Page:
You prepare your players and place them in the right places, but once the game is on, there's nothing much you can do - you can smoke a cigarette or get nervous, but you can't do much.
I never reflect or convey that which I have not experienced myself.
Directors don't always create, they can also destroy with too many demands.
I have somewhat lost my enthusiasm in the last years.
Mainly because film students using digital video these days have not really produced anything which is more than superficial or simplistic; so I have my doubts.
A digital camera does have many advantages and I was a believer that digital video would be a big influence on film-making.
While shooting Ten I was sitting in the backseat, but I didn't interfere.
Sometimes, I was following in another car, so I was not even present on the "set", because I thought they would work better in my absence.
Despite the great advantages of digital video and the great ease of using the medium, still those who use it have first to understand the sensitivities of how to best use the medium.
We don't look at each other [in the car], but instead do so only when we want to. We're allowed to look around without appearing rude. We have a big screen in front of us and side views. Silence doesn't seem heavy or difficult.
There are certainties in existence, but love is something much harder to define than light and dark, life and death. I think saying you are "like" someone in love sounds right.
The Iranian government as a whole has no relationship with my films.
They're not particularly interested, perhaps this kind of cinema is not very interesting to them.
Cinema gives you the opportunity to be both a grandparent and a grandchild whereas in life you cannot be both at the same time.
I think I really produce my best work in Iran.
The one-word cinema wasn't possible for me anymore.
I'd hit a wall, a dead end. Therefore I thought I'd turn back.
It was a film that I knew, that I had seen, that I was familiar with, but I wasn't anxious about it at any point during the screening. I snoozed twice, and this is something I couldn't have imagined that I would feel detached, as I did with this film [Certified Copy].
In real life, when someone's partner calls them, they can tell from the first word their partner says what their mood is.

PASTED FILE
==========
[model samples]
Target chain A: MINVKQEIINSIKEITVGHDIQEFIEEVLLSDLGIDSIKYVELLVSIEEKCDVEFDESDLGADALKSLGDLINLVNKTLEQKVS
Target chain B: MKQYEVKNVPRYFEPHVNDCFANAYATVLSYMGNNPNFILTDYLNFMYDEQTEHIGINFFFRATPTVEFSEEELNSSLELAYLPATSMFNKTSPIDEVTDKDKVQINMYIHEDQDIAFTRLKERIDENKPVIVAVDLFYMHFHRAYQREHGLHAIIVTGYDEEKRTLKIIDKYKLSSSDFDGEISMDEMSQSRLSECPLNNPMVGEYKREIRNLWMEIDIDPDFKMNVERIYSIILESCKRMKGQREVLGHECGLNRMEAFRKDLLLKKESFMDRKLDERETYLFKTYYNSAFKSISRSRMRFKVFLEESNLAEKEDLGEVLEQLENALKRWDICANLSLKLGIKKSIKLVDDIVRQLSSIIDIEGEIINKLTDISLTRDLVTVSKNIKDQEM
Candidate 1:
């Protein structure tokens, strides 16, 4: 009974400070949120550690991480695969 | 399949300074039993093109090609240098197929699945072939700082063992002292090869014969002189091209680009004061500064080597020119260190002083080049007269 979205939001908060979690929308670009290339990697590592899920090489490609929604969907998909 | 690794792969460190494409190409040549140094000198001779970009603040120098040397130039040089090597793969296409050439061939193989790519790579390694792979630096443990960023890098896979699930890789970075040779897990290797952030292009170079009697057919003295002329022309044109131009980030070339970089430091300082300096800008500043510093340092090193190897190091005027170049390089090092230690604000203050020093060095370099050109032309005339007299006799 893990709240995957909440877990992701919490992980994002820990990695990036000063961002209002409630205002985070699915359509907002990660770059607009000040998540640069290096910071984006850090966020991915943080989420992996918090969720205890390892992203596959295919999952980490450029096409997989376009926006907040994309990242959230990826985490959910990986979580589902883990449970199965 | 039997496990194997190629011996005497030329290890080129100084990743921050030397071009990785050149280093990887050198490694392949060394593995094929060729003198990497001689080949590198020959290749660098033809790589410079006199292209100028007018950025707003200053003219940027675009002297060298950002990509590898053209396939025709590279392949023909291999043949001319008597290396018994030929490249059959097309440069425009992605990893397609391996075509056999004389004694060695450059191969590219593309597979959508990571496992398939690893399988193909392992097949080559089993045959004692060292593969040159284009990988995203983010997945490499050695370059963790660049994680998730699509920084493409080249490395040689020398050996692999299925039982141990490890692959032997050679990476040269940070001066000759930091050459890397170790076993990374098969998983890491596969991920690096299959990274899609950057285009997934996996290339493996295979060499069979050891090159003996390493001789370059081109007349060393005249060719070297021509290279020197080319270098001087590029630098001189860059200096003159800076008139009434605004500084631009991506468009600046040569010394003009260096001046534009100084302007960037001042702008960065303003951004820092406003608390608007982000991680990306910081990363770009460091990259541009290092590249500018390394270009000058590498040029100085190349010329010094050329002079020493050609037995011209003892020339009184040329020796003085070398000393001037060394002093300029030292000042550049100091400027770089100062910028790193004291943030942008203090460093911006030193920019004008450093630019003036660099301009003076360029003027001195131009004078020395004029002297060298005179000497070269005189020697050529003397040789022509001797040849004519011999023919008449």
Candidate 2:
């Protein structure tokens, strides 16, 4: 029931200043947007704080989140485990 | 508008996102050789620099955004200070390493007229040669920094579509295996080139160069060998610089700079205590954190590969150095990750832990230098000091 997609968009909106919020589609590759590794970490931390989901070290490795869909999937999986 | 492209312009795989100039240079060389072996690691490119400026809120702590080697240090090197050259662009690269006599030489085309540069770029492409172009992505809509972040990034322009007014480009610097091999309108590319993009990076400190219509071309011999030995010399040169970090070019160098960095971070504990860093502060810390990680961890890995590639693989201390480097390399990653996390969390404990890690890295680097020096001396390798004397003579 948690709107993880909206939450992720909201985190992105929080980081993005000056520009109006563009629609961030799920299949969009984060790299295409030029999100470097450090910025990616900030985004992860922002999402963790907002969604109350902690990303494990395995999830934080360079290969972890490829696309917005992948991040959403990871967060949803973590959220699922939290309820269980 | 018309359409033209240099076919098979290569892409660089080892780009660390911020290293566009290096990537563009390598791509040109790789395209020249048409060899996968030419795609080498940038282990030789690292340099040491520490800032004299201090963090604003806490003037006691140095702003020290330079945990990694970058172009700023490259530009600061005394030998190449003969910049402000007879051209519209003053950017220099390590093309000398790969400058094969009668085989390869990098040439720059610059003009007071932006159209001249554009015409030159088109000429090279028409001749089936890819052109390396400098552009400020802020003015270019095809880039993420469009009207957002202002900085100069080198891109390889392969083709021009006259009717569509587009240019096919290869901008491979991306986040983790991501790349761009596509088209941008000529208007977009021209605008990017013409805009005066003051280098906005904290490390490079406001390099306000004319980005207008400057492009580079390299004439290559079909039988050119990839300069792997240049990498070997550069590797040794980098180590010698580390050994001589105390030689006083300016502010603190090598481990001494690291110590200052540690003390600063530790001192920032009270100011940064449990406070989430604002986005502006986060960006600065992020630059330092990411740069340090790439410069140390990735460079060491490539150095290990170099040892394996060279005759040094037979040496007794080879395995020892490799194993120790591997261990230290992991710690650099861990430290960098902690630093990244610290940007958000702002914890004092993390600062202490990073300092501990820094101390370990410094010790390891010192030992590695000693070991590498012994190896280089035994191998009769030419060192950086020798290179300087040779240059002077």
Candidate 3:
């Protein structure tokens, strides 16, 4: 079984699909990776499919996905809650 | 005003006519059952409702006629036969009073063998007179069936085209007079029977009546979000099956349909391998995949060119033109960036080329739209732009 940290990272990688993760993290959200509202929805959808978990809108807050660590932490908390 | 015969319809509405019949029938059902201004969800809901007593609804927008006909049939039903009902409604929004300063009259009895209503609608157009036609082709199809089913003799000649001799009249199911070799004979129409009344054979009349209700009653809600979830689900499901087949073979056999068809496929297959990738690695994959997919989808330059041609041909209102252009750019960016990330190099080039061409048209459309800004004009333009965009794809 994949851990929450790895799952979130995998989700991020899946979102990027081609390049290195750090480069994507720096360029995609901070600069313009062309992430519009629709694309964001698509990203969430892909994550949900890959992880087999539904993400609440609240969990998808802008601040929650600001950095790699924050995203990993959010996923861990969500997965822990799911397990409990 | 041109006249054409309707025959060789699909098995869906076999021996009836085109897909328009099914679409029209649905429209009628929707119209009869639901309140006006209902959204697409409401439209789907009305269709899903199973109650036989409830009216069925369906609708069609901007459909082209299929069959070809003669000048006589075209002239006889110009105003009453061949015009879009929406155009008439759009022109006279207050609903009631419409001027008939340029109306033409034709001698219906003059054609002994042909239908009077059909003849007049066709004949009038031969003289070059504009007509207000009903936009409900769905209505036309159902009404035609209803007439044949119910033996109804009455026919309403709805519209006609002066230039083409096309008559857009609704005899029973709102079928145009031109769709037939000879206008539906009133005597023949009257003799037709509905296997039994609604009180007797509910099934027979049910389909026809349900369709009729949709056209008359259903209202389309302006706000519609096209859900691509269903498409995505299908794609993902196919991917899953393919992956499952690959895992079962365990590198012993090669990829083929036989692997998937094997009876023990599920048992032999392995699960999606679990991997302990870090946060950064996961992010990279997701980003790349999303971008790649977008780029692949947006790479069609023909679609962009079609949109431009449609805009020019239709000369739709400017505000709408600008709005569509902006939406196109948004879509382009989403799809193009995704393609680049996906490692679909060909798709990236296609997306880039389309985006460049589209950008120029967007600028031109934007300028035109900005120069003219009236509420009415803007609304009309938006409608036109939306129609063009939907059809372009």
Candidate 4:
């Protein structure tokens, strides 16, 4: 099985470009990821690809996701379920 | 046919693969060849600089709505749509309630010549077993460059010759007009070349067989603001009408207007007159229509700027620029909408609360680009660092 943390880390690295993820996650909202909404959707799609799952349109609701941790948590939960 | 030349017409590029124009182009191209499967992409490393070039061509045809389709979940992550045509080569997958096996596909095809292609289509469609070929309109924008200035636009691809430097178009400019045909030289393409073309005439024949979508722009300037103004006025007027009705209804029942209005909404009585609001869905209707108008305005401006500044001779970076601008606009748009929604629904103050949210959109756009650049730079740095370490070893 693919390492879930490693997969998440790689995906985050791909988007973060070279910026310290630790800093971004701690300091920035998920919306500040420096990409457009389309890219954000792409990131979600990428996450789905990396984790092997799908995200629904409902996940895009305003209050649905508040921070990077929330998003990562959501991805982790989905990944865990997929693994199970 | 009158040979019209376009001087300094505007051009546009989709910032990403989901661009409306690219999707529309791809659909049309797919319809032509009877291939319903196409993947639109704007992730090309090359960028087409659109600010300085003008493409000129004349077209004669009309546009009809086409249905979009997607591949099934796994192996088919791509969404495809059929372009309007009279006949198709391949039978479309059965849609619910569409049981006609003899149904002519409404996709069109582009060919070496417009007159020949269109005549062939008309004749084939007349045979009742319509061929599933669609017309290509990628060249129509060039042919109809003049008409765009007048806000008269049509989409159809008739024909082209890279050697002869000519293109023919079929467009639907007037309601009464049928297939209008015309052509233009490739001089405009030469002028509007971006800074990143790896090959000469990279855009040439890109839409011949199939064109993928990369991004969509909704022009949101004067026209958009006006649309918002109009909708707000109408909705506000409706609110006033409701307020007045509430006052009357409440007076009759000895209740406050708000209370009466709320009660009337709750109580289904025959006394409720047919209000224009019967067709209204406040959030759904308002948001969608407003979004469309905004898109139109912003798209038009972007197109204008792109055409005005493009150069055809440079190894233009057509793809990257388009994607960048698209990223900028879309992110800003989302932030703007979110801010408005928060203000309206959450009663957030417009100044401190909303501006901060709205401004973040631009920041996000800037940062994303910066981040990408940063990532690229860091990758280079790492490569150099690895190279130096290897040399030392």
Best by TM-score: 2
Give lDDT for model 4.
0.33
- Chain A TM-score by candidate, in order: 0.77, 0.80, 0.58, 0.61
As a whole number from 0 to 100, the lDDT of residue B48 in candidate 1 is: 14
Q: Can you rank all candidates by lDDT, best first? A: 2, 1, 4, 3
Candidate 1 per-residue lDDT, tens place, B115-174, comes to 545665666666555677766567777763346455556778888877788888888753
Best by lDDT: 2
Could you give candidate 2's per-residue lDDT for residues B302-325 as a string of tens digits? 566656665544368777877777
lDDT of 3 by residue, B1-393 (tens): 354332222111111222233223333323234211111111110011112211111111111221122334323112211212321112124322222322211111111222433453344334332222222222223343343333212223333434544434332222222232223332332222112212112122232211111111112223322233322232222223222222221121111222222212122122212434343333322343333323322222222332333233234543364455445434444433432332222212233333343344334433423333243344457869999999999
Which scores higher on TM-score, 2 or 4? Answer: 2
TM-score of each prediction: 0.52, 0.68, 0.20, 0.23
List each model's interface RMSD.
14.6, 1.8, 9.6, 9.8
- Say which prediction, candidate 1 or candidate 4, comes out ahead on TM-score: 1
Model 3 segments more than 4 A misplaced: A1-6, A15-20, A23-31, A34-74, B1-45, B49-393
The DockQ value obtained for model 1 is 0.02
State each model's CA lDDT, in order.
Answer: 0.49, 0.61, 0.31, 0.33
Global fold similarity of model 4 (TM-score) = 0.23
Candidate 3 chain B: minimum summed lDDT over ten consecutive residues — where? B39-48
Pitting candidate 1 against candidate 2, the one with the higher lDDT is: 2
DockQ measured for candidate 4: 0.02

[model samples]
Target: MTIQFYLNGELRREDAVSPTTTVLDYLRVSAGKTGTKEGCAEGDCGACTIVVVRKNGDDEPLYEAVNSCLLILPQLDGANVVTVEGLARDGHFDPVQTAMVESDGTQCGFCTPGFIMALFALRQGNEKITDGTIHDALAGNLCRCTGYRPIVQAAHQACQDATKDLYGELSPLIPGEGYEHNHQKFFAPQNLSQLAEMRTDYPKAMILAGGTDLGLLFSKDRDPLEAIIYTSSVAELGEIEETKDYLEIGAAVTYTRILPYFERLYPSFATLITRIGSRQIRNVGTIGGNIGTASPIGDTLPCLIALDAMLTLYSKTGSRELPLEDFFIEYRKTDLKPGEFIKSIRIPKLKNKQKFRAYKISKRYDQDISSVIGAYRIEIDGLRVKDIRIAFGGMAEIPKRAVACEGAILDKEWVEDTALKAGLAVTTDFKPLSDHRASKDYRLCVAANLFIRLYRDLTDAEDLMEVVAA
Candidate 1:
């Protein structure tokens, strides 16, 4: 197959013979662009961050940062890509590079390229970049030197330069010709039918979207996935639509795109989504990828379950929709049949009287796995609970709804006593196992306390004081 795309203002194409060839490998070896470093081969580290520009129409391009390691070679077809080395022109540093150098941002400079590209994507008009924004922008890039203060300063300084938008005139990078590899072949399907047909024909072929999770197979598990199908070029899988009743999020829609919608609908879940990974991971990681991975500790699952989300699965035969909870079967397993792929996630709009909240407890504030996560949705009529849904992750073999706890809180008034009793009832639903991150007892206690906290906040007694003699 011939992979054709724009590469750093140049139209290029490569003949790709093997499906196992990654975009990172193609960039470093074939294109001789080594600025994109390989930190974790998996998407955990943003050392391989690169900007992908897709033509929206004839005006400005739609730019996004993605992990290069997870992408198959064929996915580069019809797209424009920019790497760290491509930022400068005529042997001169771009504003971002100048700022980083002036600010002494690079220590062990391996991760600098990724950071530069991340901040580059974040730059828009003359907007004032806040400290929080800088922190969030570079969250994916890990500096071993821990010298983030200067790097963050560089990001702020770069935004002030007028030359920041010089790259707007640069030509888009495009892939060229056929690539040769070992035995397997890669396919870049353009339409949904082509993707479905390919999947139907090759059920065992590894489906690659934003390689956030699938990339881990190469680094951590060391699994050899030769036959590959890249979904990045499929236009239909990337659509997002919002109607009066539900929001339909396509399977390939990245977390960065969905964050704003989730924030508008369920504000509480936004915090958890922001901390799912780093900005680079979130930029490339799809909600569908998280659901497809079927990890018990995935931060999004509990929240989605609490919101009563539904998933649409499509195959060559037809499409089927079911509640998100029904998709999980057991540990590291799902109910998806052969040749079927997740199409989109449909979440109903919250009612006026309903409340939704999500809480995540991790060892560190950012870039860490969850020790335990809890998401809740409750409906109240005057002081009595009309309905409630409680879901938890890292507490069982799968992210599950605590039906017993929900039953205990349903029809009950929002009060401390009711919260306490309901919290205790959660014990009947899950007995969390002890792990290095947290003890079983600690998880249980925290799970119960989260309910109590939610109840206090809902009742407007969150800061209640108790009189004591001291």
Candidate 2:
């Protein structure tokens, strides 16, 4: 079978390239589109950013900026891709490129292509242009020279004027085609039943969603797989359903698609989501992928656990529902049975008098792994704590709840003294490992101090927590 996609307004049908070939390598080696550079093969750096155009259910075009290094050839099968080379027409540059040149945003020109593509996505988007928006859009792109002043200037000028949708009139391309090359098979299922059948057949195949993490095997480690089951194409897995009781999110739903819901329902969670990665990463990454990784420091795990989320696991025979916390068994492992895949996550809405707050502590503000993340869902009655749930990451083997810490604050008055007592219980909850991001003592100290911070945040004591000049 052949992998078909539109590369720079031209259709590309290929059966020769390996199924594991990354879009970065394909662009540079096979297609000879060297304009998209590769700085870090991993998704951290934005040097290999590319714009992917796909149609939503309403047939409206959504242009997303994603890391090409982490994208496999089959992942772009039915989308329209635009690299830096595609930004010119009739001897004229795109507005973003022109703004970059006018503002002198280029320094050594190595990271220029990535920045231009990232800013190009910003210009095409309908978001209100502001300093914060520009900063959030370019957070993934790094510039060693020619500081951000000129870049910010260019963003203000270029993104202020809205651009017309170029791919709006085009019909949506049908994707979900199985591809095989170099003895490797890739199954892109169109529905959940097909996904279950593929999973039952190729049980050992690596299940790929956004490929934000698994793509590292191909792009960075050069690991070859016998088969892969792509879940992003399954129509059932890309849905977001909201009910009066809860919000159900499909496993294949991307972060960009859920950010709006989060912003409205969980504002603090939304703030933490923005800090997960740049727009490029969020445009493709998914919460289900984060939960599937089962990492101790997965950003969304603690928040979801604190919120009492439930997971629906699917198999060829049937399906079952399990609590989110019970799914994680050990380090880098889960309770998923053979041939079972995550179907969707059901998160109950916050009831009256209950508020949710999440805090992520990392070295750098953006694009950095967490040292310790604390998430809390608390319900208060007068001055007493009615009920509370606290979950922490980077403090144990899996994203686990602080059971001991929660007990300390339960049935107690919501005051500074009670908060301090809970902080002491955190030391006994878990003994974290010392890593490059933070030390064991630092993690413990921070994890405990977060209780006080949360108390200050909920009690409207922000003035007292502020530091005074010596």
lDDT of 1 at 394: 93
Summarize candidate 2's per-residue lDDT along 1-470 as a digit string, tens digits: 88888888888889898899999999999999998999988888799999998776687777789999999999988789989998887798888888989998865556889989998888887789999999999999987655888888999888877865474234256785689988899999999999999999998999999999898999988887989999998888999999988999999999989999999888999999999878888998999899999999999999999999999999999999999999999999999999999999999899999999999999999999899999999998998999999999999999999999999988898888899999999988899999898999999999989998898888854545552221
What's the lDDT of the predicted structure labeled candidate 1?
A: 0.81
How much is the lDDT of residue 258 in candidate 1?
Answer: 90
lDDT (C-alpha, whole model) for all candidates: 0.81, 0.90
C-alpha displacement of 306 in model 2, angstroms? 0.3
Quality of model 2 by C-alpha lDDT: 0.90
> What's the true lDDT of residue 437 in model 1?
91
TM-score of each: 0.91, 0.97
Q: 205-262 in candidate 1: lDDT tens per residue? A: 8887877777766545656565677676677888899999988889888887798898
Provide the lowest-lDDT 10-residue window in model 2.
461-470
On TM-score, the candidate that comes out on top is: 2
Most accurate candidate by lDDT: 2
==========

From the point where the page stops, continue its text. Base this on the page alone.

Maybe more than a teller, I am a story listener.
I really enjoy listening to stories. I remember them and keep them in my mind. All of my films are a collection of small stories that have been told to me.
The fact of having this very new context, this unheard-of way of working, for me was very pleasant. I didn't feel that I was working, that I had any kind of burden to wear, to carry. I really was very happy and very lighthearted during the whole process of making the film [Certified Copy], of shooting it.
The starting point and the ending point are nothing but two arbitrary choices.
You make them as in soccer games, where they chose that it's 90 minutes, not less and not more. But the choices are the responsibility of the filmmaker. You have to choose to join the story at an arbitrary point, and you leave it at an arbitrary point.
All the different nations in the world, despite their differences of appearance and religion and language and way of life, still have one thing in common, and that is what's inside of all of us. If we X-rayed the insides of different human beings, we wouldn't be able to tell from those X-rays what the person's language or background or race is.
You've noticed that same joke told by two different people, once works, and the other time doesn't, simply because how the person edits it. The silences, the pauses, what they neglect, what they emphasize - all of this matters.
I think being someone in love is so hard to define, so temporary, because retrospectively we often deny the state in which we were in love.
I never intended to write poems, nor to be a photographer, nor to be a film-maker. I just took many, many pictures and I would put them in an album, and then some years later I decided to show them and suddenly I was called a photographer. Same thing with my poetry. They're notes that I'd written in a book and it may be considered poetry.
I really haven't seen The Report in a long time.
I don't have a copy, but I'll have to see it again. I think it would be good to put both these men next to each other.